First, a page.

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					                                 Sonnet Assignment:

Assignment:
Since we have been talking about sonnets, and the Prologue of Romeo and Juliet is written in
sonnet form, today you will be composing a sonnet. Choose one (1) of the following topics: love,
family, or revenge to write the sonnet about. If you get stuck, here are some things that might
help:
For love/family: Pretend that you are writing a note to someone, but put the information contained
in the note in a sonnet form.
For revenge: Tell me why revenge should not be taken on a person, but put that information in
sonnet form.


Shakespearean Sonnet Rules:
Rule #1
It must consist of 14 lines.
Rules #2
It must be written in iambic pentameter (duh-DUH-duh-DUH-duh-DUH-duh-DUH-duh-DUH).
Rule #3
It must be written in this rhyme scheme:
ABAB CDCD EFEF GG
Every A rhymes with every A, every B rhymes with every B, and so forth.
Rule #4
A sonnet consists of three quatrains (four consecutive lines of verse that make up a stanza or
division of lines in a poem) and one couplet (two consecutive rhyming lines of verse).
Example:
Sonnet 15 by William Shakespeare
Shall I compare thee to a summer's day?
Thou art more lovely and more temperate.
Rough winds do shake the darling buds of May,
And summer's lease hath all too short a date.
Sometime too hot the eye of heaven shines,
And often is his gold complexion dimmed;
And every fair from fair sometime declines,
By chance, or nature's changing course, untrimmed;
But thy eternal summer shall not fade,
Nor lose possession of that fair thou owest,
Nor shall death brag thou wanderest in his shade,
When in eternal lines to time thou growest.
So long as men can breathe or eyes can see,
So long lives this, and this gives life to thee.

The argument of Sonnet 18 goes like this:
      • First quatrain: Shakespeare establishes the theme of comparing "thou" (or
             "you") to a summer's day, and why to do so is a bad idea. The metaphor is
             made by comparing his beloved to summer itself.
       • Second quatrain: Shakespeare extends the theme, explaining why even the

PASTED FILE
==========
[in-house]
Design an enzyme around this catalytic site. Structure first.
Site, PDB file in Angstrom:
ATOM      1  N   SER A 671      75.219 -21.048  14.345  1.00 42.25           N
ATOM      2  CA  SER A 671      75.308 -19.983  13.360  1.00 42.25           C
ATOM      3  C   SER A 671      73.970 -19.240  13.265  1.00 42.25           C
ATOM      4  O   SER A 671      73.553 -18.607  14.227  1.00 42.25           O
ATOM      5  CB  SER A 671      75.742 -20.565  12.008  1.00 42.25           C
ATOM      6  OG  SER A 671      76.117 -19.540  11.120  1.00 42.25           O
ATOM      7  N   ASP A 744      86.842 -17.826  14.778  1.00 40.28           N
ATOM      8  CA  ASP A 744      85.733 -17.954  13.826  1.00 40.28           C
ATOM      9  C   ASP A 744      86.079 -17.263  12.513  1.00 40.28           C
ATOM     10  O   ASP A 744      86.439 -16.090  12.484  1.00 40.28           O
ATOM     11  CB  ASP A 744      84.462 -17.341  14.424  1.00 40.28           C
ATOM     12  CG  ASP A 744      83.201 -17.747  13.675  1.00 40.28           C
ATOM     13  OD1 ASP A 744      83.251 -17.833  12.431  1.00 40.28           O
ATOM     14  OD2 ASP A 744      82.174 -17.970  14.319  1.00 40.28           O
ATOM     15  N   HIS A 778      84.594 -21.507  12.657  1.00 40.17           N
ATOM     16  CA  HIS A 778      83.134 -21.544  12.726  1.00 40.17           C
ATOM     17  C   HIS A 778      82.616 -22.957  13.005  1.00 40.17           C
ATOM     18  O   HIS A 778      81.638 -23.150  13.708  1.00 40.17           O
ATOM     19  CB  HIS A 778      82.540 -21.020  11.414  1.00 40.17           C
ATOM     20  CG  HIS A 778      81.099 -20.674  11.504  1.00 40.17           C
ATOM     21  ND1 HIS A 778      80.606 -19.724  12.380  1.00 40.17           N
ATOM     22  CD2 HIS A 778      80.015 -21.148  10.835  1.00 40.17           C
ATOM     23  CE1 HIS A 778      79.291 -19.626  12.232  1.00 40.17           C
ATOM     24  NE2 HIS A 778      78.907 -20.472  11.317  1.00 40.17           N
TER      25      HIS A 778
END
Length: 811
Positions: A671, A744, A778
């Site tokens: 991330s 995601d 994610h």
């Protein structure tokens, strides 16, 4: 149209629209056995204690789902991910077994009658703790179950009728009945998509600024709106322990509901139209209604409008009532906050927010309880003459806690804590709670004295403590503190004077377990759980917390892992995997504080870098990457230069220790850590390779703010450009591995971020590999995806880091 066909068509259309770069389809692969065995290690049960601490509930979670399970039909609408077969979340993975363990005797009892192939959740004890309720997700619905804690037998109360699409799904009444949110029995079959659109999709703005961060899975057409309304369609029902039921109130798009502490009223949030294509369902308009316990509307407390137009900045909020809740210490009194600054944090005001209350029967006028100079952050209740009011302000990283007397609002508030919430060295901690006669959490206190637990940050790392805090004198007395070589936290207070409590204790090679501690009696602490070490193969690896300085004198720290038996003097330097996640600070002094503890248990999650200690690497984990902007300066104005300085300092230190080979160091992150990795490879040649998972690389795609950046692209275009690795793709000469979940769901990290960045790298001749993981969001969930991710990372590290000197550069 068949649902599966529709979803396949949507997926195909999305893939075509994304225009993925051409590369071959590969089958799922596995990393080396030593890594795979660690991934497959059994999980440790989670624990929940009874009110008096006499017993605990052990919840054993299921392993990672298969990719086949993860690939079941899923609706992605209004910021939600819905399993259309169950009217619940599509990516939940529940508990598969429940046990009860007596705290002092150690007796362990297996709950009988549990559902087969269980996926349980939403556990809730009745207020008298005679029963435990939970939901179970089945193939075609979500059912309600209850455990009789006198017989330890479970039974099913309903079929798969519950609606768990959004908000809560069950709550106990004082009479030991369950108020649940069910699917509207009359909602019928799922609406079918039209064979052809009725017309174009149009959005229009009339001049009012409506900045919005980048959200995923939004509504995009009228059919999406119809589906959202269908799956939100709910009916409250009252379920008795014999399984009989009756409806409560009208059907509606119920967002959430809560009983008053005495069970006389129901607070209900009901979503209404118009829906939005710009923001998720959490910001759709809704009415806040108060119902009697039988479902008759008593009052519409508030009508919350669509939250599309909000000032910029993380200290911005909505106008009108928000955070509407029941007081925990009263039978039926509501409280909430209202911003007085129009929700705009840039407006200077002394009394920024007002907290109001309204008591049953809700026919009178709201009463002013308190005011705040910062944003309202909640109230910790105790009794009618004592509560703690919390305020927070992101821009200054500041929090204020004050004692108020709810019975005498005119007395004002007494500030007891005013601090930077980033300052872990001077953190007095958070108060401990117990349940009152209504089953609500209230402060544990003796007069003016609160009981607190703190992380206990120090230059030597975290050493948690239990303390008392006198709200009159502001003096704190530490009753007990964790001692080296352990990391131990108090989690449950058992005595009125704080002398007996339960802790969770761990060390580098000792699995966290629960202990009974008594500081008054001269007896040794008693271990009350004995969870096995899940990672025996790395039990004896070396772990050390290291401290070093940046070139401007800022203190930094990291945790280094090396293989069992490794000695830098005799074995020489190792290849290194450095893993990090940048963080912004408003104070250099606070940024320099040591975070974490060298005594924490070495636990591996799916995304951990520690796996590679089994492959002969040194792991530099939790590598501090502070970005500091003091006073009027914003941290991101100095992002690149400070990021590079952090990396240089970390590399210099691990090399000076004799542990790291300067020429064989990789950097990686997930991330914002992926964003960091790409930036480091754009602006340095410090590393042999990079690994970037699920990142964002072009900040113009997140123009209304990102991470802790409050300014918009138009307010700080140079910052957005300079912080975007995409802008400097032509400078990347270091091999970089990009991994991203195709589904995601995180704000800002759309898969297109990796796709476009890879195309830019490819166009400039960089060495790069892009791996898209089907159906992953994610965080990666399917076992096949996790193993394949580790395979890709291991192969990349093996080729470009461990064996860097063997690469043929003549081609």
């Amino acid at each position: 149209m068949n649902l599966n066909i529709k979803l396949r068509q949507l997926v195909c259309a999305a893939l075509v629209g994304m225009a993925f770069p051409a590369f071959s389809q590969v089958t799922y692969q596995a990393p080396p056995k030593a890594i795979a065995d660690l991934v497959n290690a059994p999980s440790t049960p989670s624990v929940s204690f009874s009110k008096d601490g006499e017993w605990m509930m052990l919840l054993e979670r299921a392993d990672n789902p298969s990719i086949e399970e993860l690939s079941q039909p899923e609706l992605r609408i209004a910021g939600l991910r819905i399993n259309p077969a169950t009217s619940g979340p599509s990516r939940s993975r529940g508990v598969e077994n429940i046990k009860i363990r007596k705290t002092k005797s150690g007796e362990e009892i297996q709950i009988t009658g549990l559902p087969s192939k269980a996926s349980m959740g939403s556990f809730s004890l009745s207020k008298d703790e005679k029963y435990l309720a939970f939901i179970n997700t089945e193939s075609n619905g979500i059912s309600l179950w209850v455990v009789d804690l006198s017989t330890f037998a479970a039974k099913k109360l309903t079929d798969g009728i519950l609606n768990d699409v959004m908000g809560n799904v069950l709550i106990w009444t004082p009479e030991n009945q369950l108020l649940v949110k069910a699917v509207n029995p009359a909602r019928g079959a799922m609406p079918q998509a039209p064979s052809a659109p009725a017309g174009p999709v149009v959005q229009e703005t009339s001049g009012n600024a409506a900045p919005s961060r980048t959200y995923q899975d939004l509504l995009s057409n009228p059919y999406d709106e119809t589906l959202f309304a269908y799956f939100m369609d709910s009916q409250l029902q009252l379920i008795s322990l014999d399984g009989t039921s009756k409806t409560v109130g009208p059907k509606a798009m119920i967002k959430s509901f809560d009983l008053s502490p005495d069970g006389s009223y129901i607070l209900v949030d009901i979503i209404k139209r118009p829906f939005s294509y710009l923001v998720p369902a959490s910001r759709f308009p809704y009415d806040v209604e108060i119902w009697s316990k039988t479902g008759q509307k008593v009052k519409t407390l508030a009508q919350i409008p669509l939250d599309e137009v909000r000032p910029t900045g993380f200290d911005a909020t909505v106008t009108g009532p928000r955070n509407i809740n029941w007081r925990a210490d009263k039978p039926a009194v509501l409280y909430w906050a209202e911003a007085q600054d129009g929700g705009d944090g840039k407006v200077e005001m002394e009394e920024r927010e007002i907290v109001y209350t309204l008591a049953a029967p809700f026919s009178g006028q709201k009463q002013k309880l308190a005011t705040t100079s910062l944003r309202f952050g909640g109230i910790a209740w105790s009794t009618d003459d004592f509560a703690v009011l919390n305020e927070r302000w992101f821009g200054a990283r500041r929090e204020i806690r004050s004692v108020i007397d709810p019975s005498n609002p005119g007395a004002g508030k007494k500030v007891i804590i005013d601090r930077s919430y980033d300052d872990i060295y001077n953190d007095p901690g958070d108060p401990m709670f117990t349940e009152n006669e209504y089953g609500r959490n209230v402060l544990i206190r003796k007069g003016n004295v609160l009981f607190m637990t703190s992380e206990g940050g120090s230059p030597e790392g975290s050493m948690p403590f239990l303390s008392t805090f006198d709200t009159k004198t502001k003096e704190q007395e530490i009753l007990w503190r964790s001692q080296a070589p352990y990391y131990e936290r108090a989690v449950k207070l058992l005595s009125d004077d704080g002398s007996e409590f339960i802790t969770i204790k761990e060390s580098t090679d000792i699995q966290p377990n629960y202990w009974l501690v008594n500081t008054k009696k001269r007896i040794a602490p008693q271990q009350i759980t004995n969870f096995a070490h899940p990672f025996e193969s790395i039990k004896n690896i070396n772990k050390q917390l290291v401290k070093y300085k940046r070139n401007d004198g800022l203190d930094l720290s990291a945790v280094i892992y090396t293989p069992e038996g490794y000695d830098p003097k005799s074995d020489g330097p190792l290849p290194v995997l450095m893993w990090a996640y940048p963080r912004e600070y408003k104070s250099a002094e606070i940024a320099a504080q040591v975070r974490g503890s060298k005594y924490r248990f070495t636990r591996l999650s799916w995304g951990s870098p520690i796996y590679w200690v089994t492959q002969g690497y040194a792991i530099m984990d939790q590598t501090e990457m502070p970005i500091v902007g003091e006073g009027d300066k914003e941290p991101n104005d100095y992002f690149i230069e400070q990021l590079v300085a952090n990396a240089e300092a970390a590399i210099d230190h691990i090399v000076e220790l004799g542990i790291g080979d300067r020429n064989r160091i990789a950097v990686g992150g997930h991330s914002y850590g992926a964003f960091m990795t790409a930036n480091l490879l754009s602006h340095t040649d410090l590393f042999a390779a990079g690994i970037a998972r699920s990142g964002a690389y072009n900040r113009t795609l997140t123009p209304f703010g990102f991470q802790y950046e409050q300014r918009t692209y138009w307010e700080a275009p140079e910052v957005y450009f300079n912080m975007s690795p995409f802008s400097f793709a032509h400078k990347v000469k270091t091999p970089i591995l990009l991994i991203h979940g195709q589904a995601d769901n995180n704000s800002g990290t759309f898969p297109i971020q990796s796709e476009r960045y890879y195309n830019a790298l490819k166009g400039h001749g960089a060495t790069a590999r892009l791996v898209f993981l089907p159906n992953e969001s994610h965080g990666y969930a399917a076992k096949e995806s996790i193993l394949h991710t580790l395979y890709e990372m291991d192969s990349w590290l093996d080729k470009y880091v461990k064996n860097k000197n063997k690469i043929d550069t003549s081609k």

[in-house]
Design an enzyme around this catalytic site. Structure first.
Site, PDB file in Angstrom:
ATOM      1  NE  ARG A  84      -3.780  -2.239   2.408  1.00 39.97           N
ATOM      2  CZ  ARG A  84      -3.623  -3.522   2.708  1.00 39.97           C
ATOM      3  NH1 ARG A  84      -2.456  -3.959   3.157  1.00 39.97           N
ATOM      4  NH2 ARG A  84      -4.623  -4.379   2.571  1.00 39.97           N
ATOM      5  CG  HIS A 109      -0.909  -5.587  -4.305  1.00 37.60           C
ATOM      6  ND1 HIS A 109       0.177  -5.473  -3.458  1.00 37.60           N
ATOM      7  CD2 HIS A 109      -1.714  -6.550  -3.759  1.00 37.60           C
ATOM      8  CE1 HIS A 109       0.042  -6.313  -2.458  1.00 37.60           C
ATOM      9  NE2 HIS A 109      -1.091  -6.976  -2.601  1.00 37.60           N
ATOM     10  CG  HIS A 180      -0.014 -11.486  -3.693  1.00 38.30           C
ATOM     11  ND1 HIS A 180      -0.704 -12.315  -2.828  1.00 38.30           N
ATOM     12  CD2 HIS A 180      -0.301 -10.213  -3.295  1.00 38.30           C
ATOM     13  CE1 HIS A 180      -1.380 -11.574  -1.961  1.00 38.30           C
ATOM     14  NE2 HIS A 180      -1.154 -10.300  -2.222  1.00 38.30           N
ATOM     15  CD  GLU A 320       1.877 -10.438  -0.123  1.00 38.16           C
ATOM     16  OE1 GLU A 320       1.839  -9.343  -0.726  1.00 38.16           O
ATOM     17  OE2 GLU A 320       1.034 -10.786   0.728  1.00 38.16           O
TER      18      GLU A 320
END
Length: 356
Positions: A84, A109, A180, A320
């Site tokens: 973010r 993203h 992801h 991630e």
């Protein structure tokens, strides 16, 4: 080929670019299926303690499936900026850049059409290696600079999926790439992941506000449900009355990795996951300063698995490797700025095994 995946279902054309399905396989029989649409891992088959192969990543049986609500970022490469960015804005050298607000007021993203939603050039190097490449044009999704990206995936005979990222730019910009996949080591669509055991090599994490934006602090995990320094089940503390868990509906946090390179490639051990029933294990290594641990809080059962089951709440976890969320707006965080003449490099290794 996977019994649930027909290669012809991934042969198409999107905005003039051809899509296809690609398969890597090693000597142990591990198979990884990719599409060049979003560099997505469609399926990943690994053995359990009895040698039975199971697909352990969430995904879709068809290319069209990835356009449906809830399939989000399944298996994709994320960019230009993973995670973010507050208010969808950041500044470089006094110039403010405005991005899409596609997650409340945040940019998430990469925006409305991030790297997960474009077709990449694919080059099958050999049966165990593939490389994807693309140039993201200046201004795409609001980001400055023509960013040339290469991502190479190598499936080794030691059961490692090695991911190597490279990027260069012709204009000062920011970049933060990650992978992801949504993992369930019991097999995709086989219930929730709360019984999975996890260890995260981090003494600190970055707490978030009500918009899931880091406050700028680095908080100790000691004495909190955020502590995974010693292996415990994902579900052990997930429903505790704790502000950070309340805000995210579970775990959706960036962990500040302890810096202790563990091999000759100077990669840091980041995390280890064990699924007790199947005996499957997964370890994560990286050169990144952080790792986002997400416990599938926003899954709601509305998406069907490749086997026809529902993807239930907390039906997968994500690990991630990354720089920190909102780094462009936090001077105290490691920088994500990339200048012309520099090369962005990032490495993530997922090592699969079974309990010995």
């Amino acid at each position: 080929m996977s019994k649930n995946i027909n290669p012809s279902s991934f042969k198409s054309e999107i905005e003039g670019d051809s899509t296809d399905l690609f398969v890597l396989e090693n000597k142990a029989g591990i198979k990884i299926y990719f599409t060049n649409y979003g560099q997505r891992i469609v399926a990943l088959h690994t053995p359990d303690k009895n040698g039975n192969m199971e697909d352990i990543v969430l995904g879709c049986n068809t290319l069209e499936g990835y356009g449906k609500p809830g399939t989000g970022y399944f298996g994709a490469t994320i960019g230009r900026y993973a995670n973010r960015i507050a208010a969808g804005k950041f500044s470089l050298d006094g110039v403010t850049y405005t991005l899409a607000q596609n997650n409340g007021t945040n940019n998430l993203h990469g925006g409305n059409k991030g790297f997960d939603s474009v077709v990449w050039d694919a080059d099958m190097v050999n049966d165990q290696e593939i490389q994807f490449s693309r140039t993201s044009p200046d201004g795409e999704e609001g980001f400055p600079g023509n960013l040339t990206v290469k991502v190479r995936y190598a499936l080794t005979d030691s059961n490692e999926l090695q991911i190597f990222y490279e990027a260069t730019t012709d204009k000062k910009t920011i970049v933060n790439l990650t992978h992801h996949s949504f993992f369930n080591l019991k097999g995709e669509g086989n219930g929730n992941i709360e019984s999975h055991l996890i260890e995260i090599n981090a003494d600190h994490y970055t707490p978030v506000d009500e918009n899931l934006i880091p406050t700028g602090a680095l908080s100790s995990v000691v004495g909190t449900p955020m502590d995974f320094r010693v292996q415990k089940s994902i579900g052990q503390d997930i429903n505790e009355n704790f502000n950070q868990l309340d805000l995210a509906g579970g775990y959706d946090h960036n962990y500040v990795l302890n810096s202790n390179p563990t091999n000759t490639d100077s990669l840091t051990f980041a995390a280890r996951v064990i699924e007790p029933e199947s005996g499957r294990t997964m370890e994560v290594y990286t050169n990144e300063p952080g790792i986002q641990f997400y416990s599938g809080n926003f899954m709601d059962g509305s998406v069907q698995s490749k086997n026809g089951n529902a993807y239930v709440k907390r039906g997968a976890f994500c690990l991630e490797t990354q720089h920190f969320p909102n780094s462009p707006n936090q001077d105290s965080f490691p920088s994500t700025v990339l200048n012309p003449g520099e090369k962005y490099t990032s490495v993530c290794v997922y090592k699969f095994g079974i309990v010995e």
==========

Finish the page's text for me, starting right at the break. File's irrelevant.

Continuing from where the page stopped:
sun, supposed to be so great, gets obscured sometimes, and why
            everything that's beautiful decays from beauty sooner or later. He has
            shifted the metaphor: In the first quatrain, it was "summer" in general, and
            now he's comparing the sun and "every fair," every beautiful thing, to his
            beloved.
       • Third quatrain: Here the argument takes a big left turn with the familiar "But."
              Shakespeare says that the main reason he won't compare his beloved to
              summer is that summer dies — but she won't. He refers to the first two
              quatrains — her "eternal summer" won't fade, and she won't "lose
              possession" of the "fair" (the beauty) she possesses. So he keeps the
              metaphors going, but in a different direction. And for good measure, he
              throws in a negative version of all the sunshine in this poem — the
              "shade" of death, which, evidently, his beloved won't have to worry
              about.
       • Couplet: How is his beloved going to escape death? In Shakespeare's poetry,
                 which will keep her alive as long as people breathe or see. This bold
                 statement gives closure to the whole argument — it's a surprise.



Sonnet Assignment: Scoring Rubric

1. Did you complete a Shakespearean sonnet that was either about love, family,         15 points
   or revenge? Did it contain 14 lines and have the correct rhyme scheme?


2. How much effort did you put into the sonnet? Did you take some time to make        10 points
   the sonnet flow smoothly?
                                                                           Total =    25 points

				
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